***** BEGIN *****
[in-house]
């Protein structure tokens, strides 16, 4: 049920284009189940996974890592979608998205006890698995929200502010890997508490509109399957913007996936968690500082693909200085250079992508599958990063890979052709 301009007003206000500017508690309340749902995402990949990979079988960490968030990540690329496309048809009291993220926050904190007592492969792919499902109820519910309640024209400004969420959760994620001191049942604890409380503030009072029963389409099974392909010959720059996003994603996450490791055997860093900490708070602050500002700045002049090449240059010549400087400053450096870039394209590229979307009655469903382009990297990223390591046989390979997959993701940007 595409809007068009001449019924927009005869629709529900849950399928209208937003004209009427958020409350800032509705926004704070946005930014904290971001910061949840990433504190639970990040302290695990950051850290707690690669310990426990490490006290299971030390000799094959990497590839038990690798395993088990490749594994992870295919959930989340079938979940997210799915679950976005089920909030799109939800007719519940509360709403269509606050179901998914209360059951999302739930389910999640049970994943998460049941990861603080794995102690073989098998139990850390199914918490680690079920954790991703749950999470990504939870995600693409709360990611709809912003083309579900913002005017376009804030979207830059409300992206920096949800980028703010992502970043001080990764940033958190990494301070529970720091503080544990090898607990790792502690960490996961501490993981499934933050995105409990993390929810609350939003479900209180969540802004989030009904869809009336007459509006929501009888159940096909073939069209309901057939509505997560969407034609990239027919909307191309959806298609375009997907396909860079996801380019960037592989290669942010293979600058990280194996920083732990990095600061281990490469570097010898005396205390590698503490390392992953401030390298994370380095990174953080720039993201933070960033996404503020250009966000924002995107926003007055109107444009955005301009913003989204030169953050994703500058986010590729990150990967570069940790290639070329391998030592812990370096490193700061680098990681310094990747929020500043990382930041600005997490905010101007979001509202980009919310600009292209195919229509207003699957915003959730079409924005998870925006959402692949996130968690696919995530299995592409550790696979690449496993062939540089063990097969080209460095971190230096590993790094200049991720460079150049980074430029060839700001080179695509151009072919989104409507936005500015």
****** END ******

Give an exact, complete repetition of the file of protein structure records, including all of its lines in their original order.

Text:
[in-house]
């Protein structure tokens, strides 16, 4: 049920284009189940996974890592979608998205006890698995929200502010890997508490509109399957913007996936968690500082693909200085250079992508599958990063890979052709 301009007003206000500017508690309340749902995402990949990979079988960490968030990540690329496309048809009291993220926050904190007592492969792919499902109820519910309640024209400004969420959760994620001191049942604890409380503030009072029963389409099974392909010959720059996003994603996450490791055997860093900490708070602050500002700045002049090449240059010549400087400053450096870039394209590229979307009655469903382009990297990223390591046989390979997959993701940007 595409809007068009001449019924927009005869629709529900849950399928209208937003004209009427958020409350800032509705926004704070946005930014904290971001910061949840990433504190639970990040302290695990950051850290707690690669310990426990490490006290299971030390000799094959990497590839038990690798395993088990490749594994992870295919959930989340079938979940997210799915679950976005089920909030799109939800007719519940509360709403269509606050179901998914209360059951999302739930389910999640049970994943998460049941990861603080794995102690073989098998139990850390199914918490680690079920954790991703749950999470990504939870995600693409709360990611709809912003083309579900913002005017376009804030979207830059409300992206920096949800980028703010992502970043001080990764940033958190990494301070529970720091503080544990090898607990790792502690960490996961501490993981499934933050995105409990993390929810609350939003479900209180969540802004989030009904869809009336007459509006929501009888159940096909073939069209309901057939509505997560969407034609990239027919909307191309959806298609375009997907396909860079996801380019960037592989290669942010293979600058990280194996920083732990990095600061281990490469570097010898005396205390590698503490390392992953401030390298994370380095990174953080720039993201933070960033996404503020250009966000924002995107926003007055109107444009955005301009913003989204030169953050994703500058986010590729990150990967570069940790290639070329391998030592812990370096490193700061680098990681310094990747929020500043990382930041600005997490905010101007979001509202980009919310600009292209195919229509207003699957915003959730079409924005998870925006959402692949996130968690696919995530299995592409550790696979690449496993062939540089063990097969080209460095971190230096590993790094200049991720460079150049980074430029060839700001080179695509151009072919989104409507936005500015």